Adrien Bousseau winner of the Young Researcher Award
The ANR (French National Research Agency) has just given its Young Researcher Award to Adrien Bousseau, a researcher in the GraphDeco project-team at Inria Sophia Antipolis – Méditerranée for the DRAO project on digital drawing. This work allows computer vision and 3D image synthesis to be used to automate the creation of drawings while preserving their expressiveness.
DRAO is a research project dedicated to the creation of drawings. The first objective is to gain an understanding of the drawing creation process via user surveys and interviews with professionals. The second objective is the automation of certain steps in the creation of drawings. The last objective is to teach drawing using digital tools. This is a joint project between several Inria research teams, combining Human Machine Interaction with Graphical Computing: GraphDeco (Inria Sophia Antipolis), Manao (Inria Bordeaux), In-Situ (Inria Saclay), Potioc (Inria Bordeaux).
Adrien Bousseau is a digital imaging specialist, who has already been awarded a 2016 Starting Research Position grant by the European Research Council (ERC). Image synthesis lies at the intersection of several scientific fields: computing, mathematics, and physics, whilst examining very concrete problems. Adrien chose this field right out of high school, and he is still pursuing it through the DRAO project.
Could you give us a brief introduction to the DRAO project and how it fits in with your other research work?
Drawing is a powerful creative and communication tool. But producing effective drawings takes time and skill, which slows down the creation process. Drawing is also a hobby enjoyed by many amateurs, but a lot of us don't feel able to produce good drawings. The aim of the DRAO projects was to develop digital drawing tools to facilitate and accelerate the work of professional designers and illustrators, and to help beginners learn how to draw. This project was conducted jointly with HMI (Human Machine Interface) researchers, particularly Theophanis Tsandilas and Wendy Mackay (EX-SITU project-team) from the Inria Saclay Research Center, enabling me to publish my first articles in that field.
What are the special features of the DRAO project, which the ANR singled out as having an "important and original" approach?
The existing digital design tools are based on traditional metaphors where the user draws on a virtual sheet using virtual pencils and colors. Creating quality illustrations with these tools requires the same skills as traditional drawing. This approach is in contrast to the automation offered by 3D image synthesis, which simulates realistic images from virtual scenes, or computer vision, which estimates 3D scenes based on images. The originality of our work lies in the use of computer vision and 3D image synthesis to automate or guide the creation of drawings whilst preserving the advantages of drawing: its expressiveness and flexibility.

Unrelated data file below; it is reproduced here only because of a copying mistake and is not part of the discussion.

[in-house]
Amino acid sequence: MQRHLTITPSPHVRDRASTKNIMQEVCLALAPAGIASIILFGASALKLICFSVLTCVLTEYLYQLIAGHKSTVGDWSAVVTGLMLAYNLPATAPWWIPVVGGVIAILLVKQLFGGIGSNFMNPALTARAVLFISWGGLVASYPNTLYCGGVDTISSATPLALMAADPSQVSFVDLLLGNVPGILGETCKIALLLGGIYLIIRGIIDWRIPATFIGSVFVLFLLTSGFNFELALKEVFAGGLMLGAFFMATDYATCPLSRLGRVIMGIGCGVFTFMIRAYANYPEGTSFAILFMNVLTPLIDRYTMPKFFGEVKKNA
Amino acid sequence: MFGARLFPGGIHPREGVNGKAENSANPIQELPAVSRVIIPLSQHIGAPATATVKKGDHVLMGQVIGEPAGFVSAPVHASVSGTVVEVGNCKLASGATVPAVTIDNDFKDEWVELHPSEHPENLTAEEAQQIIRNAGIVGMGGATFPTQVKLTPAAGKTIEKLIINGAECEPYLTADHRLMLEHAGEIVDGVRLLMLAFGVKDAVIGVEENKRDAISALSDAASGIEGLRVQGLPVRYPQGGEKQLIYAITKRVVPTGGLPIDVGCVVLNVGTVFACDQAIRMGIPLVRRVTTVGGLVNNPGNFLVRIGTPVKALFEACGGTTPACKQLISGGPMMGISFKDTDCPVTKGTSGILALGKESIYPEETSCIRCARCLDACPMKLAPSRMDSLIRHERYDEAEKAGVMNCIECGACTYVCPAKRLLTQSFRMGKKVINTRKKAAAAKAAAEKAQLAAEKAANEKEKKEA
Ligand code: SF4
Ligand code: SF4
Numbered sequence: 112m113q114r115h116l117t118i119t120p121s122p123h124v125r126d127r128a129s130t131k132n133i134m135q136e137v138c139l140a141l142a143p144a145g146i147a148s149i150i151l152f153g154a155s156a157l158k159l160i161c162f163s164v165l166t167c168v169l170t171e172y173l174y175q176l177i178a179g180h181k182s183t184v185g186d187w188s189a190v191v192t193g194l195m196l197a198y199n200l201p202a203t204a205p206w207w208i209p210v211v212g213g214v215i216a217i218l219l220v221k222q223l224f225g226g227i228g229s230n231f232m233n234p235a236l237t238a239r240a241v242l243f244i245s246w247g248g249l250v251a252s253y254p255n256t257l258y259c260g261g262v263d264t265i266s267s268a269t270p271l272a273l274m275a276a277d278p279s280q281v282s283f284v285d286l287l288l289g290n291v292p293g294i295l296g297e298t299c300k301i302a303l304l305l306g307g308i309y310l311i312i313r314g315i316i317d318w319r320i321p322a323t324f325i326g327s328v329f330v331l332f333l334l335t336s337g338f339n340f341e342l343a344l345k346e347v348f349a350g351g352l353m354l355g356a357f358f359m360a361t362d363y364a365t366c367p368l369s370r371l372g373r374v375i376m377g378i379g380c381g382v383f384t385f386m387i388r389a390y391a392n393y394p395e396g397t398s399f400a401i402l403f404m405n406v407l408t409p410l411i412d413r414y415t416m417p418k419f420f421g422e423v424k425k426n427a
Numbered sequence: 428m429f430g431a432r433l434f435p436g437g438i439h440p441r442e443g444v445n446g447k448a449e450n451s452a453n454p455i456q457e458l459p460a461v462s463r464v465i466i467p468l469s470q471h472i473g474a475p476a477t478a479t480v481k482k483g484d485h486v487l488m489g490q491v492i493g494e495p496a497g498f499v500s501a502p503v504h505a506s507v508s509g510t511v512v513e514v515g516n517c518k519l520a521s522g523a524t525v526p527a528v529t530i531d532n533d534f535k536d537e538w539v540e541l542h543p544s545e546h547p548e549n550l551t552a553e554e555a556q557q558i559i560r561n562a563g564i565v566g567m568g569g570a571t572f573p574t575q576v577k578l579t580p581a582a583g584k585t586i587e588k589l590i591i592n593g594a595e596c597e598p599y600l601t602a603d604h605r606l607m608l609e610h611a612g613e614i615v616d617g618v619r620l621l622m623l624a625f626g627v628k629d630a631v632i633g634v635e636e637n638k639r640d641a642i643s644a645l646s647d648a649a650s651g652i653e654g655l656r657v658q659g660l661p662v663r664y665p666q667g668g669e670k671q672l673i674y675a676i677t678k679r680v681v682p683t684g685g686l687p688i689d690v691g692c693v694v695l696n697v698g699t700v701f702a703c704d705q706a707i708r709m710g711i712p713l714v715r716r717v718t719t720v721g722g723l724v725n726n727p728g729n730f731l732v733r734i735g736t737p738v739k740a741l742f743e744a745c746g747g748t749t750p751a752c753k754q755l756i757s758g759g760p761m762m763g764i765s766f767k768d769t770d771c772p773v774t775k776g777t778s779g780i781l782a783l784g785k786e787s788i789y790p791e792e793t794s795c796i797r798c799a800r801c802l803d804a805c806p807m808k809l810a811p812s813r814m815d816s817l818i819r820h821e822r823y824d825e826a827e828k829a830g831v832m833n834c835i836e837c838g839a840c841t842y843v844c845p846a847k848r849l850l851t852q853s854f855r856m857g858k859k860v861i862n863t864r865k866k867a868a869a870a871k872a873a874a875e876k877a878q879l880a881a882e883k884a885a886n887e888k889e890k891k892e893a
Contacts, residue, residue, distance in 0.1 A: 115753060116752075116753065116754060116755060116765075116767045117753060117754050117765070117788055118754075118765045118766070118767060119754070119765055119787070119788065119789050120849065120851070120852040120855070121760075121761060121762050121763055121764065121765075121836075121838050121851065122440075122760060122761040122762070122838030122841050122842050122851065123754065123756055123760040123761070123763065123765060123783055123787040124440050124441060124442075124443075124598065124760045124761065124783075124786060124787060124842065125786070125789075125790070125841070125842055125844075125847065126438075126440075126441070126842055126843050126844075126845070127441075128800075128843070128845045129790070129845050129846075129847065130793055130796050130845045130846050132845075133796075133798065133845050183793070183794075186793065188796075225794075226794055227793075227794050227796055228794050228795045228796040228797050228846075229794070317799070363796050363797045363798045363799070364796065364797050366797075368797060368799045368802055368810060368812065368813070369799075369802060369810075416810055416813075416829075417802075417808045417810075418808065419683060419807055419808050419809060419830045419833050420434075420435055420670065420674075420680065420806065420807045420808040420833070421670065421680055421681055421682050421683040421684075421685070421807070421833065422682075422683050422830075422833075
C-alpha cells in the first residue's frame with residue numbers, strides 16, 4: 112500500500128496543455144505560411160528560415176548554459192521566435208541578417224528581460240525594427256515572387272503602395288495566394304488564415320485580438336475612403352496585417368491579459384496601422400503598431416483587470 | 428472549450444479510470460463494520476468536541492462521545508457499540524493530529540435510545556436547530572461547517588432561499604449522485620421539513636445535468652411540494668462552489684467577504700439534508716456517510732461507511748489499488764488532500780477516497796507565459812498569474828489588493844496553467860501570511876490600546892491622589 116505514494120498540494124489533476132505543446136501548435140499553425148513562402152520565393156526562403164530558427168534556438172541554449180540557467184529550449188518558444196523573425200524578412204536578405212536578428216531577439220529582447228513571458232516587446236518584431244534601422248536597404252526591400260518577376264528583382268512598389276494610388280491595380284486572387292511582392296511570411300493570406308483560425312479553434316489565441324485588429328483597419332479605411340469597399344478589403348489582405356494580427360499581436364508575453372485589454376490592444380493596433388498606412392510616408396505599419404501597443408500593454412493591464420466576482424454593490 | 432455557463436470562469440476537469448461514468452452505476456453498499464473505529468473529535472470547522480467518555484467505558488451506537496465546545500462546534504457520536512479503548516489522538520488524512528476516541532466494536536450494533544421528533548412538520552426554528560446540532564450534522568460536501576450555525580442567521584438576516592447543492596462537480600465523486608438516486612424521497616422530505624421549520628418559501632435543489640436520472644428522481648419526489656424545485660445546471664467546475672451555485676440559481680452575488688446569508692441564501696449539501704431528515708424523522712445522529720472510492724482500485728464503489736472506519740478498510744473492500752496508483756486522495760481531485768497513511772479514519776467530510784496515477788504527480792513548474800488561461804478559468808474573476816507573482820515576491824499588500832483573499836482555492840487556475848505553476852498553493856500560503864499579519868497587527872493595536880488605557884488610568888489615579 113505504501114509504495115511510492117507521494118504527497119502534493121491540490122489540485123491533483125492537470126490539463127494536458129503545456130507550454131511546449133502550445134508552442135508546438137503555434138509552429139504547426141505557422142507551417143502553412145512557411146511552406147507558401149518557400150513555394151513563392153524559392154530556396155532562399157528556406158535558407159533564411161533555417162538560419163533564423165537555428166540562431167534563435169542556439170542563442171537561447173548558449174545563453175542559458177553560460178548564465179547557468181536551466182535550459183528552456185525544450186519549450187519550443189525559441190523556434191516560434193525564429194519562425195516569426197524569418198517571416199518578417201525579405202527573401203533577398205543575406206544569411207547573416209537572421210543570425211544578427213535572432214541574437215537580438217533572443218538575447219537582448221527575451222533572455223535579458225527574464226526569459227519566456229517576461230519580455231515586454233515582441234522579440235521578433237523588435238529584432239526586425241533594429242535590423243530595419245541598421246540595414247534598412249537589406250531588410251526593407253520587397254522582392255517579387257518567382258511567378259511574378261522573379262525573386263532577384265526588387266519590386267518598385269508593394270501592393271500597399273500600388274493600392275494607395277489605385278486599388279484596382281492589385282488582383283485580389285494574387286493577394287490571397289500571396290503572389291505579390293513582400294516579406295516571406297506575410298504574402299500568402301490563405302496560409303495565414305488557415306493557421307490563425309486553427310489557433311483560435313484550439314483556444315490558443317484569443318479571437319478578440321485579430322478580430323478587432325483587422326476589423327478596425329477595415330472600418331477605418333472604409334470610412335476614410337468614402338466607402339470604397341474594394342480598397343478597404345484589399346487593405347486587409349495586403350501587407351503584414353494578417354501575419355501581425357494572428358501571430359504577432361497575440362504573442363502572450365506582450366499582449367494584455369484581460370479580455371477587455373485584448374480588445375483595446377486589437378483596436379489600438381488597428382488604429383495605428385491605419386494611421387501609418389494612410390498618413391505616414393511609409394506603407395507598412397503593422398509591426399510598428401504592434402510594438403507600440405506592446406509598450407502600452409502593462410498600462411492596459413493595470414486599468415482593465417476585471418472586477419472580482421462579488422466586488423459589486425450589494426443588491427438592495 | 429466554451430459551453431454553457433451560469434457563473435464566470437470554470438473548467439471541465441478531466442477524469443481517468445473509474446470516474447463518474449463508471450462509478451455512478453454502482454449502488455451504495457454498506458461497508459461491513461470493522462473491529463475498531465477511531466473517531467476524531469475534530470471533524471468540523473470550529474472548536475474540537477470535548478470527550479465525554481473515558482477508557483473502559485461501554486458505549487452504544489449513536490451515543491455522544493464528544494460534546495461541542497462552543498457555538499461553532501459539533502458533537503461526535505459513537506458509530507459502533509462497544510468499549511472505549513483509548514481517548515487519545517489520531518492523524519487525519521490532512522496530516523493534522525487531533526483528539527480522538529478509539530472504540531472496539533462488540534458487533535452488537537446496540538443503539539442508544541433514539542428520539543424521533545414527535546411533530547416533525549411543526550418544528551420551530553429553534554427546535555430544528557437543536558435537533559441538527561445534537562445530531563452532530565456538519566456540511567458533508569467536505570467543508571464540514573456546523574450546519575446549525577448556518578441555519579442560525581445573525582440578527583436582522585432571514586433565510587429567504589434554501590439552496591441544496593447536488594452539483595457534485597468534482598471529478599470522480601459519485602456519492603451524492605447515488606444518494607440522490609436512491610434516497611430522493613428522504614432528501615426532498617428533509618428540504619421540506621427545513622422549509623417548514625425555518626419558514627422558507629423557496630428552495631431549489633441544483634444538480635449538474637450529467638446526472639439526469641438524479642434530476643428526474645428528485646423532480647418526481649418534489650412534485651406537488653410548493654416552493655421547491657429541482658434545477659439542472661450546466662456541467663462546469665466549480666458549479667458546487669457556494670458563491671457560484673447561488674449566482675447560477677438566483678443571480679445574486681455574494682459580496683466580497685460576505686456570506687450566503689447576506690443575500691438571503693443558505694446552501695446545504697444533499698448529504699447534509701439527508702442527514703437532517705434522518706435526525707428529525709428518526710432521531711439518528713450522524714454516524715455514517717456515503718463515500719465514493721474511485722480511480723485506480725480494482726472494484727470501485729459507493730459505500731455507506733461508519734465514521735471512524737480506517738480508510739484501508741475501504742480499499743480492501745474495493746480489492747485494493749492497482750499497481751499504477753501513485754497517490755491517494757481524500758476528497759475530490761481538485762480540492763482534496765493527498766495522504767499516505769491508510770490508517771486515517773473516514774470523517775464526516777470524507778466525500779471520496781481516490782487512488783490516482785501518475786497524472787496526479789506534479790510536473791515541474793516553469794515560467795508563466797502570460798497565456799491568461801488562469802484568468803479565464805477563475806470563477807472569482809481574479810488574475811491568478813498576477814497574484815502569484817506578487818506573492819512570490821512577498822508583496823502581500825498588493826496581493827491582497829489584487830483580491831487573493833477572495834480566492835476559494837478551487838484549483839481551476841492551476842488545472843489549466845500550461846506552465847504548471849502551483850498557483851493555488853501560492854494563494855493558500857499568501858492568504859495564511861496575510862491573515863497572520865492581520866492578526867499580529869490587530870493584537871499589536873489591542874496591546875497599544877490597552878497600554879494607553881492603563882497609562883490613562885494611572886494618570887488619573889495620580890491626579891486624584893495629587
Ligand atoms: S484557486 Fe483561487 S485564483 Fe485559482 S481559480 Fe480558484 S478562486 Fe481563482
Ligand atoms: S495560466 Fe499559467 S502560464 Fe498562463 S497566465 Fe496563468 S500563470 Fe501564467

We identified three sub-objectives to achieve this. First, we aimed to understand how people draw using the existing tools. To do this, we met professional illustrators and we studied books and tutorials that explain traditional drawing techniques. By understanding those techniques, we were able to suggest new drawing aid algorithms, particularly to estimate 3D information from a drawing and use that information to colorize it (see Figure 1 below).
Our tool automates traditional drawing techniques to quickly colorize a drawing with material effects, such as shiny bodywork, chrome trim, and windshield.
We have also suggested an interface that guides beginners through the basics of drawing by observation (see Figure 2 below).
Our interface helps users draw an object, starting with the general shape before adding details.
You recently presented your work at a specialist HMI conference?
The DRAO project has allowed me to work with researchers who have complementary expertise in image synthesis, computer vision, and human-machine interfaces. I am very happy that we published our results at the best conferences in those three fields, including ACM CHI in the field of human-machine interfaces. Our article describes an observational study that aims for a better understanding of how beginners generate, explore and communicate design ideas using traditional tools. To do this, we have organized two days of design competitions where around ten participants had to perform every stage of a design project, from brainstorming to the manufacture of a prototype, and including the preparatory drawings. Our observations allowed us to suggest objectives to be considered for the development of CAD tools to suit beginner users.